Lessons From Our Survival Camping – Part One React to Contact 2-Man Drills


Survival Camping

Last time we spoke, I wrote briefly about our “Survival Camping” trip.  It was a cold and wet journey up into the woods, where we all cross trained each other on various skills.  Many of the team had prior military knowledge, so we decided to learn how to patrol and react to contact.

You may want to patrol your neighborhood or AO (area of operation) during a grid down scenario, to make sure and check for any potential threats that could do harm to you or your family.  More on how to do patrolling in another email.

In our scenario we hid two targets deep in the woods, while an unknowing team had to go patrol.  For safety, we kept this version of the drill down to two people, while the others stayed behind and watched.  You’d hear a gun shot, and you’d have to react to contact.  The goal was gain fire superiority in this drill.  And although we had done this drill before in the past, both team members could see the target that was “shooting” at us.  However, this time it was set up specifically to where only one person could see the target… a much more realistic scenario.  We’d both shoot and/or flank until the paper target fell off the tree.

You’ll notice in the video below, how the person in front noticed the target first.  He laid suppressive fire while the other team member moved into a position that was better suited to see the target.   I suppose that in real life the ambusher would probably not go for the first person, but rather pick them off from the rear or middle.  However this drill got us moving and shooting.

Now a little disclaimer here:  I’m not an expert on this.  I’m not prior military.  Surely a lot of people could come up with things we did right or wrong, but I encourage you to take a look at the video and allow it to get you thinking – and more importantly, practicing.

Stay sharp, stay safe, stay legal.




2 thoughts on “Lessons From Our Survival Camping – Part One React to Contact 2-Man Drills”

  1. I am commenting on "military" training. It purely depends on your role, time of service, discipline, training, fitness in the military. it is easy to poke holes at things. good on you for training we all need a lot more. I wish I had access some of the goochy kit you have to train with. I might also add that being a farmer also adds to better your training to notice movement while on patrol weather being a small critter or person. Lets just say I have played enemy party a bit (using blanks) your eyes are opened, you see what you’d do better. how easily one person takes out many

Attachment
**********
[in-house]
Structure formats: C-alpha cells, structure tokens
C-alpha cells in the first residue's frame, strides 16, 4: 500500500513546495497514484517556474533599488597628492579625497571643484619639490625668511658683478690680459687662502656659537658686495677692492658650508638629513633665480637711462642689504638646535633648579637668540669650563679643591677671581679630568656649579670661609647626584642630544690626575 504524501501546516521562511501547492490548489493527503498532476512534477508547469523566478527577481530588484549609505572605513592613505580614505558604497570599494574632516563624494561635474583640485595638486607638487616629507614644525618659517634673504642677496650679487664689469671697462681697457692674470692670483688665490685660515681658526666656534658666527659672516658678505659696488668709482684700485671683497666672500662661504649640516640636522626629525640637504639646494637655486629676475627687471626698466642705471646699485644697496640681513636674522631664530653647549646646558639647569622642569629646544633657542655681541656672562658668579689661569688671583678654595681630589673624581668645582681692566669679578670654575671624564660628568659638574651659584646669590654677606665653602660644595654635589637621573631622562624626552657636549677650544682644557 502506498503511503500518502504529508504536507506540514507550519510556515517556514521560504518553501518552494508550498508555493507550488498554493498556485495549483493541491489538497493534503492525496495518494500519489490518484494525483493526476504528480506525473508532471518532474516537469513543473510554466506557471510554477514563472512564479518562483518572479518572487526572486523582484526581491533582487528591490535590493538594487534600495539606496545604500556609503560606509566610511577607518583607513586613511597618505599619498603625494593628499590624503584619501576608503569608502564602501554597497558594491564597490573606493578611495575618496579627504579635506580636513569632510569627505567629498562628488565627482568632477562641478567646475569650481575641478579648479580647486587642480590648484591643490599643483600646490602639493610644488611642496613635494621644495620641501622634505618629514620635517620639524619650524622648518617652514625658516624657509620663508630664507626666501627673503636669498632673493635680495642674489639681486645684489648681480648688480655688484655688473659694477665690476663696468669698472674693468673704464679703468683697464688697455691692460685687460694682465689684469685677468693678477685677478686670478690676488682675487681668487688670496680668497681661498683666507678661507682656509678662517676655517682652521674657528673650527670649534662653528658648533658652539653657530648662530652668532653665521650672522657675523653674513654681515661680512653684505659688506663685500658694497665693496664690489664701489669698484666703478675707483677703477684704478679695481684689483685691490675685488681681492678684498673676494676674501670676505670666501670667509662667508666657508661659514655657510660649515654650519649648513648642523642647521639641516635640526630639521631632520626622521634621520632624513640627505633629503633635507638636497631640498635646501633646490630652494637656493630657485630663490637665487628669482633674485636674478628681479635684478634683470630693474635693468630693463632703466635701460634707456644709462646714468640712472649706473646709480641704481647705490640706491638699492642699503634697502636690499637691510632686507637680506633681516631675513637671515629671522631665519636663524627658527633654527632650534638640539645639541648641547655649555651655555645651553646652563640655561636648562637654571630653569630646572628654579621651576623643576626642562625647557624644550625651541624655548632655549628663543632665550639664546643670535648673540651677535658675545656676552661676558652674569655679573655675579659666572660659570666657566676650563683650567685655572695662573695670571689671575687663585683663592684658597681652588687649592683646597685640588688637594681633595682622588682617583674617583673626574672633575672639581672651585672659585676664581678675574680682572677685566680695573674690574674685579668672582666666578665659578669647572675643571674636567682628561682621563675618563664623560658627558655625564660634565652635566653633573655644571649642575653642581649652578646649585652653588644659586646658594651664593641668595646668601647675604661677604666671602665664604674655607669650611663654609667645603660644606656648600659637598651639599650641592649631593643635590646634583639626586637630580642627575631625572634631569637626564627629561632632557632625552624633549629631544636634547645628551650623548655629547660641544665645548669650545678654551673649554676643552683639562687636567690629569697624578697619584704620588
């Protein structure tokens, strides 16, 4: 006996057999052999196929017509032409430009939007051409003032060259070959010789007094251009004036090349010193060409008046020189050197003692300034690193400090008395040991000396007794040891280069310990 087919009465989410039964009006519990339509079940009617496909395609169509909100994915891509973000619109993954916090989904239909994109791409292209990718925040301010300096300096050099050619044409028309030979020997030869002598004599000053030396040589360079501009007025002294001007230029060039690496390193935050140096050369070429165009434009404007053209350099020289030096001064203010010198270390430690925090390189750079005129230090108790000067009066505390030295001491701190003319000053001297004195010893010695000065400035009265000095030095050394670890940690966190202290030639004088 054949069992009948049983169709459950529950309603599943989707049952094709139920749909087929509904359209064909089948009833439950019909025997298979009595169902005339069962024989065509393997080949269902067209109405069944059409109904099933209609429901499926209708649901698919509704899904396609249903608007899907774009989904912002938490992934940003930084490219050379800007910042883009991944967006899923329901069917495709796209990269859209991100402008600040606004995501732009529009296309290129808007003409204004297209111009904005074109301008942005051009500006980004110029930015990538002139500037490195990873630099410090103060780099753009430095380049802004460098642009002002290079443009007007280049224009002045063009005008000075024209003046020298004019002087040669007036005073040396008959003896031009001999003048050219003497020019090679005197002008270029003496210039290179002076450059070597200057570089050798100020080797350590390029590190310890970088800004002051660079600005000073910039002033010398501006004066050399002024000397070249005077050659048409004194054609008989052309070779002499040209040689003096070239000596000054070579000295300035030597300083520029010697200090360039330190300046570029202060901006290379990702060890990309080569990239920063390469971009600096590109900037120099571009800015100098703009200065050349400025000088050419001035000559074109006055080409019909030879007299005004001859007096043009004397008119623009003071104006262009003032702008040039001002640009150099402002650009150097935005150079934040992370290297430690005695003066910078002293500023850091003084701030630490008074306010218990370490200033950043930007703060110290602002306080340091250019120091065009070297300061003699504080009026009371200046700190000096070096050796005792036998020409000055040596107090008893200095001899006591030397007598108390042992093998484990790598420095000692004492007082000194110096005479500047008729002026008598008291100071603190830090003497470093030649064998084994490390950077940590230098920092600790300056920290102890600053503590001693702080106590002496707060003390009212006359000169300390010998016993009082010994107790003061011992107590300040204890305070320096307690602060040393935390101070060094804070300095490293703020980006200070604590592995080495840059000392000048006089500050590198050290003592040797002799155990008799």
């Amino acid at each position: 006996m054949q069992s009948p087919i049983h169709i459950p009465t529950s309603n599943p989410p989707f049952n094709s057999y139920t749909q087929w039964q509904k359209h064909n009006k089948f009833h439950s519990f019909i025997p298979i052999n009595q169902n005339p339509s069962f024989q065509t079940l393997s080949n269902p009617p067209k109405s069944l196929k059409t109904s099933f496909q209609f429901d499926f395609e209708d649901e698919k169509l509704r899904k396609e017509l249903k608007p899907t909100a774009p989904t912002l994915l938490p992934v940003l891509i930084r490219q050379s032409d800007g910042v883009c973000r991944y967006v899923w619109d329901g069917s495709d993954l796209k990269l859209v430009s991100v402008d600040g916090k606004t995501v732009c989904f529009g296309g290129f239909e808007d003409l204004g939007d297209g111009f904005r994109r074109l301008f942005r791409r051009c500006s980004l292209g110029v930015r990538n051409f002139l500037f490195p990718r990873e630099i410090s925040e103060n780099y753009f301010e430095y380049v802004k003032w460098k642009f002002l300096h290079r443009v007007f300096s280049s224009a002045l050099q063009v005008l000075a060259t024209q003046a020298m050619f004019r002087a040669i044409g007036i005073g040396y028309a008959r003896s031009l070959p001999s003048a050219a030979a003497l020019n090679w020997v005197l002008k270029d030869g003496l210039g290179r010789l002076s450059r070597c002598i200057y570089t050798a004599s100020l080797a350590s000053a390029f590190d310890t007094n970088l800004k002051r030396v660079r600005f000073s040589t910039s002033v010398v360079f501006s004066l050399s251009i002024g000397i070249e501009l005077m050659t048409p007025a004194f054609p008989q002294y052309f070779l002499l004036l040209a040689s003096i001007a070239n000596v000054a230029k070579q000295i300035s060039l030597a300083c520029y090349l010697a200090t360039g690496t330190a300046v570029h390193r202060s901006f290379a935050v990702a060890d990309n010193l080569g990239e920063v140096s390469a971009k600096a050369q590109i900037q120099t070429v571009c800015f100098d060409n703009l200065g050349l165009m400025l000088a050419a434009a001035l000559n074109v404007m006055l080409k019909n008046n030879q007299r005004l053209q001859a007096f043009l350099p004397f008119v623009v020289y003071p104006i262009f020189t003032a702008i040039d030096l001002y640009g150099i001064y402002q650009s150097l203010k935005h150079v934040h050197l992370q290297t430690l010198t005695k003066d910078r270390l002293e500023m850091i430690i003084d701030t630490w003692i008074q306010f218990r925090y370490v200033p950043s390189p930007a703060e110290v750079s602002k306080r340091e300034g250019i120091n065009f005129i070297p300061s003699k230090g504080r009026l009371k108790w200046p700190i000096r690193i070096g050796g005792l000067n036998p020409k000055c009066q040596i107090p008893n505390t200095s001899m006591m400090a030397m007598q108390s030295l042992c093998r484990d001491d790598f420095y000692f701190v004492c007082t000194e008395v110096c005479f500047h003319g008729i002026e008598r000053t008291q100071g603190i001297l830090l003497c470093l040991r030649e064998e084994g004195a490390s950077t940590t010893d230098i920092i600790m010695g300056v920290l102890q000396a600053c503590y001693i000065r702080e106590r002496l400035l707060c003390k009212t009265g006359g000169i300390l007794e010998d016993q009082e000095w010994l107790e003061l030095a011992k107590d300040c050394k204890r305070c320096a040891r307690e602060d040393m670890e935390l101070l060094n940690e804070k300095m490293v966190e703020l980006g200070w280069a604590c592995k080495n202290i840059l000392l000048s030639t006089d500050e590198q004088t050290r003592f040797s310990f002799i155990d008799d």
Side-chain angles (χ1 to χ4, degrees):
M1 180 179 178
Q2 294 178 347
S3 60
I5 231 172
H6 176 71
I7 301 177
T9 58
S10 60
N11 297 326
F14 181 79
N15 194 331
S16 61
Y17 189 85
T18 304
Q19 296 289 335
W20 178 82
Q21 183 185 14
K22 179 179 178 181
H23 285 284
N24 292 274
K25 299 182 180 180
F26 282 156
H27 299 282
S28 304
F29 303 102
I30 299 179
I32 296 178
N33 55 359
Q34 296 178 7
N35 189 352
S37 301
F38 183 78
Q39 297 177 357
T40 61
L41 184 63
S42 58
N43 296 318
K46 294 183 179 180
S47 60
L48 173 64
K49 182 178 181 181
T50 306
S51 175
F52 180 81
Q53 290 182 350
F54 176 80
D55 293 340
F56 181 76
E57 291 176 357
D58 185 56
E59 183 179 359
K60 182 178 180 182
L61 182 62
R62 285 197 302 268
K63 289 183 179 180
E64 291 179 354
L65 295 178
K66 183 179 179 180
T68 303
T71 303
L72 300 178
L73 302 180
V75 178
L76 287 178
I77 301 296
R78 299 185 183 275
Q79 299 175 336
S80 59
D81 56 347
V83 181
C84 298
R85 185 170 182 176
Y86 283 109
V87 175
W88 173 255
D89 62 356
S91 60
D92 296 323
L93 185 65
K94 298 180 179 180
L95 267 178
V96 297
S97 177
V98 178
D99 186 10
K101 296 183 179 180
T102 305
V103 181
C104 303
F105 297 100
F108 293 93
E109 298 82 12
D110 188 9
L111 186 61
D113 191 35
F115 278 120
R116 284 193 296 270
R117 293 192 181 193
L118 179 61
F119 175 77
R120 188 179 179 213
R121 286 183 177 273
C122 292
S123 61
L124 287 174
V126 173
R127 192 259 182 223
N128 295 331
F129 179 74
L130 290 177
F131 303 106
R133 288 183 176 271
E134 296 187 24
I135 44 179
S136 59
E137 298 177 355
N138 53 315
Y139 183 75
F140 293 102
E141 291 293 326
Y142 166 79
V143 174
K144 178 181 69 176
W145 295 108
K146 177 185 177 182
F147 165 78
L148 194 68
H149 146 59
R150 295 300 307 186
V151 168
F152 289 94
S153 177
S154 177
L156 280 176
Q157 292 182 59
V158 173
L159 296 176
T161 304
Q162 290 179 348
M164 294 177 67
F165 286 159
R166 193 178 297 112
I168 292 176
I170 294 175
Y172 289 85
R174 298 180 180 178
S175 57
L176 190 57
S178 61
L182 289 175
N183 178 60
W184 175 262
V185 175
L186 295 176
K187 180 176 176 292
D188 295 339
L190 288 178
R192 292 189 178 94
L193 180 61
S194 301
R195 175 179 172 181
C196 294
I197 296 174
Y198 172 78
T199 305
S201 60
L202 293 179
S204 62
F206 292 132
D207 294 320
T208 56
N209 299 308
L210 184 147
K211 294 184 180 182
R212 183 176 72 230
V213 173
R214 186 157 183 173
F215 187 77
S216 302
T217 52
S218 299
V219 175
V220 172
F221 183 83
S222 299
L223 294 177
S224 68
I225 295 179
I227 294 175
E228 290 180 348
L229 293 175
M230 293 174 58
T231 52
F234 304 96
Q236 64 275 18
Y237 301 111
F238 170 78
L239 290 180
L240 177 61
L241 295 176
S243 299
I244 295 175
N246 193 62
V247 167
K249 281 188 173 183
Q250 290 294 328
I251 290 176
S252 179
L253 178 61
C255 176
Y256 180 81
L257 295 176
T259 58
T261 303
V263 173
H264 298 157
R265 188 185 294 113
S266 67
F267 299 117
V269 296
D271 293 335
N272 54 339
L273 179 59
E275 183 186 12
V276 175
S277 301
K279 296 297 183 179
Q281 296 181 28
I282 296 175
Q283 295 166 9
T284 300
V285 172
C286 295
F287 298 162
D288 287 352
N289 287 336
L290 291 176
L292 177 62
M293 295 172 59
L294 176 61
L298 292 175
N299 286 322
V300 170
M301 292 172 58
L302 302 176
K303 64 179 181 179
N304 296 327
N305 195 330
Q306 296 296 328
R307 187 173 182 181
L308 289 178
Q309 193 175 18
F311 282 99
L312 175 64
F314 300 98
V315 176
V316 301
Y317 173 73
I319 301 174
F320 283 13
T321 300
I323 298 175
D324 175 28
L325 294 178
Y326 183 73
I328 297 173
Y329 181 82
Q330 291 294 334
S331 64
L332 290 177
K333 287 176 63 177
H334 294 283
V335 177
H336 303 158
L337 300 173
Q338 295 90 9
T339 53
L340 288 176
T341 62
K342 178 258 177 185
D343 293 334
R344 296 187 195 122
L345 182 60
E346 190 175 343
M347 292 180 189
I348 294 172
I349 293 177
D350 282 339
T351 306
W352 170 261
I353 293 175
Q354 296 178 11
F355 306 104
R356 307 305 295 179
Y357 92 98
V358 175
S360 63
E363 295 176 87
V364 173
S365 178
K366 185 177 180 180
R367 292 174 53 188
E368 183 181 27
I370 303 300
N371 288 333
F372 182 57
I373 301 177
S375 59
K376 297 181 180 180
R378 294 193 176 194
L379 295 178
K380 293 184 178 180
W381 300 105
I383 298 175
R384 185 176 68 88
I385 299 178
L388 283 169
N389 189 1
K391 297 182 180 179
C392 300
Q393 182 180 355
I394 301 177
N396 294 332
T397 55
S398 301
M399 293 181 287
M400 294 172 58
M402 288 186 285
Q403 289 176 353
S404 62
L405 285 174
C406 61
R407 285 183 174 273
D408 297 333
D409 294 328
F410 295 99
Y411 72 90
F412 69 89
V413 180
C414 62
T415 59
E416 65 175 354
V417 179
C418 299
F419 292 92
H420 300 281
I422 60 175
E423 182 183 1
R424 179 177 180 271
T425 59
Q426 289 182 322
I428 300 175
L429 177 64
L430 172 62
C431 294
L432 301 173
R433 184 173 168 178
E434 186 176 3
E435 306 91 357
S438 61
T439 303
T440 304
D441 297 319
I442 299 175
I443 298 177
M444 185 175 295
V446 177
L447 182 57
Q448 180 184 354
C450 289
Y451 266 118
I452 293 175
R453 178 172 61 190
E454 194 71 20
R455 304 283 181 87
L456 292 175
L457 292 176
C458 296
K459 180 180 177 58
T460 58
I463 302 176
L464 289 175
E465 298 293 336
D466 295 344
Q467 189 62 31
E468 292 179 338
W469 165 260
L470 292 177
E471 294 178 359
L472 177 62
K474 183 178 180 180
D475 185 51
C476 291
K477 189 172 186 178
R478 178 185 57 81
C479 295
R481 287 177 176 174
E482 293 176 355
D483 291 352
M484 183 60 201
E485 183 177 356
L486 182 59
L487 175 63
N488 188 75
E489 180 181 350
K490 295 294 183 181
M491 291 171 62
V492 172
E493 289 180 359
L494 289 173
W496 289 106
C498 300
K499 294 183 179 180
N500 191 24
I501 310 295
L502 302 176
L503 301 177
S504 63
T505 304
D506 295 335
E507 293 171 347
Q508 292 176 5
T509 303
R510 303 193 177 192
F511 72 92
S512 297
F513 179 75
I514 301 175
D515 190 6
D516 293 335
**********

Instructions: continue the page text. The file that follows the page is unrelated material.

2. Per our discussions previously Dave, your movements and form were good except for one thing… You were going forward not backward. Sounds like you received training from an ex-military person which is great but you have to take the techniques and training they give and adapt it to a prepping scenario. Soldiers are trained to GO FORWARD. In a SHTF scenario, if gunshots ring out, your main objective is not winning the battle or taking the fight to the enemy. There are no medics and helicopters to fly you to a medical facility if you get shot and gunshot wounds are likely a death nail in your survival. If shooting breaks out, use the same techniques and utilized cover fire to retreat not move forward! Get out of the situation as quickly as possible! Once you are disengaged, you can assess the need to deal with the ambushers. If your traveling, my advice is to skirt the ambush location and keep moving. If you are ambushed on your own property, I would still retreat as quickly as possible and set up your own ambush, letting your attackers come to you. You ALWAYS want to be the ambusher not the ambushee. I know to most tacticool preppers this philosophy flies in the face of the "Special Forces" instructor who trained them, but so what. Their training perspective is based on warfare NOT survival. If you always retreat, the only thing injured is your pride and you get to fight another day.

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